Law started out as classical musician, doing his first public performances at the age of six and soon he received encouragement from legendary pianist Alfred Brandel, but a career as a classical concert pianist was interrupted in 1986 when he turned to jazz. Since then, Law has worked with a vast range of musicians from saxophonists Evan Parker and Jon Lloyd to drummers Louis Moholo-Moholo and Asaf Sirkis. Musically, he has covered genres from free jazz and bop to modern composition, working in several formations: solo, duo, trio, quartet and large ensemble. Besides the large-scale work, Out of the Darkness (Slam, 2006), where he conducted an orchestra of eleven musicians, including a string section, one of his latest projects has been the completion of the series, The Art of Sound that finds him performing solo and with the astounding trio of bassist Sam Burgess and drummer Asaf Sirkis.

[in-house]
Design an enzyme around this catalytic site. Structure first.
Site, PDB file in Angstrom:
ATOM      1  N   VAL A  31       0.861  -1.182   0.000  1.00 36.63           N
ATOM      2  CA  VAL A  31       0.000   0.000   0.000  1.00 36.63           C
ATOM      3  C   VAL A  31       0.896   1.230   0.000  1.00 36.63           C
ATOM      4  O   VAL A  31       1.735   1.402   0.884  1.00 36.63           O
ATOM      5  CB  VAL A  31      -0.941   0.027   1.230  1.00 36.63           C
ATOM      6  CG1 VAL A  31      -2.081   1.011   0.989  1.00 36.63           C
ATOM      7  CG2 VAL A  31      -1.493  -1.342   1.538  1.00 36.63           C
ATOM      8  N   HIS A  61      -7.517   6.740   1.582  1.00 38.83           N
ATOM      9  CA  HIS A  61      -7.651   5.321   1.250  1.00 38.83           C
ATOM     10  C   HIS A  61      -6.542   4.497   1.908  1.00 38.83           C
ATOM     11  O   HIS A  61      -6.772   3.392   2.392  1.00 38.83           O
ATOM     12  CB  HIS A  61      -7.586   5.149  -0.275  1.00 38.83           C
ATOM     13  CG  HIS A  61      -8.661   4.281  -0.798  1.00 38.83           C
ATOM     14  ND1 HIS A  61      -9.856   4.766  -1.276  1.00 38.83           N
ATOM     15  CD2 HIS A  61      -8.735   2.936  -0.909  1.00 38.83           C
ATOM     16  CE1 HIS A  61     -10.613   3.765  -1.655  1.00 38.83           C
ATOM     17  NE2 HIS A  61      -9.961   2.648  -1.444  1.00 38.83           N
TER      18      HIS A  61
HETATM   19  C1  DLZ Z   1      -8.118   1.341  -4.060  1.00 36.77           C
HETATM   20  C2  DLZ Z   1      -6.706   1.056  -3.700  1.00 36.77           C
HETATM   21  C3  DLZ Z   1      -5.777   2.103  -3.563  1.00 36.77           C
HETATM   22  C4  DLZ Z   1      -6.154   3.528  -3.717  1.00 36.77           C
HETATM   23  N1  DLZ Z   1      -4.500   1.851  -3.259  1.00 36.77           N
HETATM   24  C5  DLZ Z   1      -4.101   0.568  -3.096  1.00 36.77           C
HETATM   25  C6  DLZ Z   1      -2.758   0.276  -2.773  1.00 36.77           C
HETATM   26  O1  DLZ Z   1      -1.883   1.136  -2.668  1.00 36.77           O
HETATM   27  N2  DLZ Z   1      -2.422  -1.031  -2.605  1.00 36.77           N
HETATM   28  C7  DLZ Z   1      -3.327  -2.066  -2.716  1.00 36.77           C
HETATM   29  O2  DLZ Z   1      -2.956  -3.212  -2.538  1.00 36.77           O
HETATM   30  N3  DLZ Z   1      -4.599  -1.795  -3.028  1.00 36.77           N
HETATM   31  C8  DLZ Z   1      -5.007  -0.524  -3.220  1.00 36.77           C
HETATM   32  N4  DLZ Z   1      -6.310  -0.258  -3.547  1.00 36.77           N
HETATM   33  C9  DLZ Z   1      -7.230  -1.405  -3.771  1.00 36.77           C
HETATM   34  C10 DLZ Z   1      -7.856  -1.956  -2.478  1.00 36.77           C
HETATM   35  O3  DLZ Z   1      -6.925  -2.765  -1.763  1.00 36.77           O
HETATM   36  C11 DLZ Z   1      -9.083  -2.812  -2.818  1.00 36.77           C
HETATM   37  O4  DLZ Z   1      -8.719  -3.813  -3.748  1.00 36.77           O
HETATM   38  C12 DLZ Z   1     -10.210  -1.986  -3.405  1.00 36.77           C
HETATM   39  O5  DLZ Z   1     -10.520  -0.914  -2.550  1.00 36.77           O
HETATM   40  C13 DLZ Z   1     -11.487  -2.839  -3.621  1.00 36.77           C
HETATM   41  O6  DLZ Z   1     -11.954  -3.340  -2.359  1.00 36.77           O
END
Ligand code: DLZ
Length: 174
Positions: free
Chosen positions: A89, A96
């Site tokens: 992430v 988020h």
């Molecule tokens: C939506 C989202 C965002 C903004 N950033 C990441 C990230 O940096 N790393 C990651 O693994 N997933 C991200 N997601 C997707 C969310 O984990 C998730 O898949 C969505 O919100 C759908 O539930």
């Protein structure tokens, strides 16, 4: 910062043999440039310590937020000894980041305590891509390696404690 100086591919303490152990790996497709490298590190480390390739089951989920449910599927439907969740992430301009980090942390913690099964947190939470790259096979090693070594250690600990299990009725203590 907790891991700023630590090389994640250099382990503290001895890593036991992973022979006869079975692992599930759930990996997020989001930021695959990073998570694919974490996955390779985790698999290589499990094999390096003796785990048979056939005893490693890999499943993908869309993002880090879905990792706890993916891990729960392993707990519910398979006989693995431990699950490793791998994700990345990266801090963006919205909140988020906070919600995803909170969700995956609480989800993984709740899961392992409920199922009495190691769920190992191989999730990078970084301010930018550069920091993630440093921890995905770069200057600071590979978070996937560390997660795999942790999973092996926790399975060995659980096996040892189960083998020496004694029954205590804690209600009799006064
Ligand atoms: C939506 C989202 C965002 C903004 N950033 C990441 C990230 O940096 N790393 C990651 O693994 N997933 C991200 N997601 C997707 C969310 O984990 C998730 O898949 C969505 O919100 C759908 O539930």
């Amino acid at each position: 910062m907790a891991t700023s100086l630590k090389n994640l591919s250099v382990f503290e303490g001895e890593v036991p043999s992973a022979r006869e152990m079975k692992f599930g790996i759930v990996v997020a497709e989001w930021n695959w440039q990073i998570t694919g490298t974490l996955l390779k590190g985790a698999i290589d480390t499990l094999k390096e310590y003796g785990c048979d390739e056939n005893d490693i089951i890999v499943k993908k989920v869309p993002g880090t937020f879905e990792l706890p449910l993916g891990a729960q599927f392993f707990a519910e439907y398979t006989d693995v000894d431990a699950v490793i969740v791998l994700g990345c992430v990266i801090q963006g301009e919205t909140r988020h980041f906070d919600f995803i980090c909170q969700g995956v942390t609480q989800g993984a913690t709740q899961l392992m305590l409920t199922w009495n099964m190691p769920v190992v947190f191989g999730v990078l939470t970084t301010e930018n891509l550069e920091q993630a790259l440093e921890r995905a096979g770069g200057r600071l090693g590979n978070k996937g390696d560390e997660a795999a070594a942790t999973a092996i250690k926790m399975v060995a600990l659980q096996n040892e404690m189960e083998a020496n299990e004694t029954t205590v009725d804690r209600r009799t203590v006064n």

All About Jazz: You started out very early as a classical musician. Could you tell something about your experience with the classical tradition and how you made the move into jazz?

John Law: Classical music (whatever that means) was my first love. My mother, who was a Viennese pianist and piano teacher, very much in the Germanic tradition (you know: Bach/Mozart/Beethoven/Schubert/Schumann...) used to relate that one of my first signs of musicality was when I got up and danced, as a two year old, to the last movement of Beethoven's violin concerto. It's worth pointing this out, as many people seem to think that, in relation to jazz, classical music is somehow a more intellectual pursuit. Not at all. It was absolutely my first love. And it still remains very deep within me.